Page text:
The good news is I started inner healing work fairly young, coinciding with eventually encountering Jesus when I was nineteen. It helped too that leaving home to a different country meant I led separate lives from my parents, and raised myself working two or three jobs while at uni with my mother supporting with whatever little she could.

And because of the inner healing work done, there had been reconciliation between my father and I for the most part. While in uni, I received a random email from him one day where he apologized for his behavior towards me in my teenage years (that I still did not how to talk about what it all was – it was just so intense that I can’t even read my teenage journals without feeling nauseous).

I later moved back home for a season to seek full closure for myself. I still think that was one of the bravest thing I did in life. But sadly, half of the three years was plagued by repeated onsets that I distinctively remember after one of his onsets, I left and checked into a hotel. I asked a best friend in Singapore, who knew my family well, to do a “staycation” for my own sanity sake.

Growing up in this type of dysfunctional environment makes it nearly impossible to escape unscathed as children need to feel emotionally safe, loved unconditionally and free to be children and not caretakers for parents who are alternatively volatile and needy.

— “I Have a Parent with Bipolar Disorder

The big difference in those three years in Singapore is I had a very secure church community of friends who loved very well, I had a fantastic flexible lecturing job and students, and I was actively serving in the local sports scene and doing overseas missions in Cambodia, and I often took solo travel trips around the world too to give myself the space I needed to continue to heal.

But, in some ways it also felt like it undid any reconciliations as much as it feels like a release and without resentment. I then left home again at 25, after three years of seeking closure in Singapore, and I want to say I never looked back since but I did allow for him to be at my wedding a few years after.

My therapist in the Bay Area, who happens to be born in Singapore to understand the culture quirks too, asked jokingly: “Did your parents end up suing you for not giving them money?” We both had a good chuckle from that. (This news story for reference.)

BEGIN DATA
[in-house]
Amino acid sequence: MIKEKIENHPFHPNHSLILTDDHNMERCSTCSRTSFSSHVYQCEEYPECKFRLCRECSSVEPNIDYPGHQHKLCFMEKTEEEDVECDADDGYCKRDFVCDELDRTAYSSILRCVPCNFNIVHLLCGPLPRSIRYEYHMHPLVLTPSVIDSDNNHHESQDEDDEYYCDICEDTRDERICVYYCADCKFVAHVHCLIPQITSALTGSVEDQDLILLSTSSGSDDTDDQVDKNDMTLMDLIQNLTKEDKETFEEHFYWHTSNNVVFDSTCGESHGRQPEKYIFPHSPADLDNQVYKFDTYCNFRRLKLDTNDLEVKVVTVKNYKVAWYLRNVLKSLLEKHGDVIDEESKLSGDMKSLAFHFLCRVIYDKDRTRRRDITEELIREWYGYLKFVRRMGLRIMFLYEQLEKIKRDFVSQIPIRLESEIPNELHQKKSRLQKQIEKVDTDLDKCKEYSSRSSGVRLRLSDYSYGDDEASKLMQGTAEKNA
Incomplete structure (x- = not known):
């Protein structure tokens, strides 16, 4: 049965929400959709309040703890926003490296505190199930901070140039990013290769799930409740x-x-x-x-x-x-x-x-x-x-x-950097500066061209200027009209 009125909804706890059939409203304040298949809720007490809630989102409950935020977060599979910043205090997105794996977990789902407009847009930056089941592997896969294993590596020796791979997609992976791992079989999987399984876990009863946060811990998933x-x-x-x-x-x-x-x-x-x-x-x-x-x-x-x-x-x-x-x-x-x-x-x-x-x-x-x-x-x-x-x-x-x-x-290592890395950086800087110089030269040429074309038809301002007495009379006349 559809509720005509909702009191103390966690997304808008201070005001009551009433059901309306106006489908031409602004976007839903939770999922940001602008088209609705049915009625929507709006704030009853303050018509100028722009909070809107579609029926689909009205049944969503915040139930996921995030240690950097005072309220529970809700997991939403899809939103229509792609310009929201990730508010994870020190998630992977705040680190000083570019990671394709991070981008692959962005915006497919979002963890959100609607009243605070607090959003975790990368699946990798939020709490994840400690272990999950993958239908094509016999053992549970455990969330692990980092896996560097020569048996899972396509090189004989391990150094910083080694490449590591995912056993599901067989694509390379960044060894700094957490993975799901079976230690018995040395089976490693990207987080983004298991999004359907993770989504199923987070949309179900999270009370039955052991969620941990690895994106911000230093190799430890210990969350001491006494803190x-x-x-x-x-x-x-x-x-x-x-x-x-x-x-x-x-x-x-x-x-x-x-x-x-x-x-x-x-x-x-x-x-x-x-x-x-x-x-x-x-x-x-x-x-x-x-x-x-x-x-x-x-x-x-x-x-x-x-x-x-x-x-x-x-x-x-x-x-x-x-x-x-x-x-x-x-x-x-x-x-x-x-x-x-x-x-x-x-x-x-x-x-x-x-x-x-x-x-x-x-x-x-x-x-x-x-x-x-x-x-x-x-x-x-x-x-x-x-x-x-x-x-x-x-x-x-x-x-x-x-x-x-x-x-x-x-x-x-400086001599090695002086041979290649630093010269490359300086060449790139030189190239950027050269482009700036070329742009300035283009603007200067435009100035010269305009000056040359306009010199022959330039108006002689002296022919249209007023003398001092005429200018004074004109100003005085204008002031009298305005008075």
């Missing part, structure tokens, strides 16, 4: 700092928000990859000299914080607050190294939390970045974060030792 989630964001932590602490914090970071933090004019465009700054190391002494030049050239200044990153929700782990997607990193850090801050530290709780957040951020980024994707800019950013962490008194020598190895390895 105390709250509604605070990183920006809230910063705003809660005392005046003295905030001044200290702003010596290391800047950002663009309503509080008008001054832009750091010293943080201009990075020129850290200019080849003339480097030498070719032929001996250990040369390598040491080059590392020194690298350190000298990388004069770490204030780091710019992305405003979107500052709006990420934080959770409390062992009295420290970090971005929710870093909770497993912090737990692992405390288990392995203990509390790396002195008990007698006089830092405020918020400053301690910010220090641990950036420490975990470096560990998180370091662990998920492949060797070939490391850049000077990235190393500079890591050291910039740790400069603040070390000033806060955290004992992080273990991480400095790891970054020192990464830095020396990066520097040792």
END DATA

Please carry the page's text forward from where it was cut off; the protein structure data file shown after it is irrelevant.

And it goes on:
The best friend I wrote about earlier ended up overnight cutting me and her other close friends off to pursue a toxic relationship herself. I lost a dear friend whom I still think of a lot, and perhaps spent far too many years questioning or self-blaming if it was my fault when close relationships would end in rather traumatic ways. Or, was it the type of friendships or relationships I would be ‘drawn to’ to only be wrecked by it.

Because mostly, the damage my father’s behavior did to my self-perception in all the life relationships I am or was “lost” in is something – now that he’s properly typed as bipolar – I feel I can begin the hard work of what many children of bipolar parents would call “the journey to reclaim myself”. (I’m also writing these out hoping others in my shoes will feel seen – something my younger self deeply longed for.)

I was no longer living at home when my father’s clinical depression diagnosis finally came around about ten years ago, and it was then the first time I could really first reclaim a proper voice to what my teenage self went through – not all but – mostly.

Now that it has taken these ten years to really dig deep to get to my father’s bipolar diagnosis this year, I feel like it’s the first time I can really properly “see” myself — and able to assess reclaiming myself in light of past and present relationships in my life.

It’s a hard thing to – and let’s just say – it’s led to a cascade of hard things to do this year. Going into 2022, I had thought childbirth and postpartum would be the hardest thing to do this year for me physically, and in our marriage, and in my faith or calling.

Turns out, it was only the tip of the iceberg.

So long, 2022.

Part I: The Year of Doing Hard Things

Part II: Unsettled, Unequal and Uncomfortable Things

Part III: Royal but Ordinary Victorious Things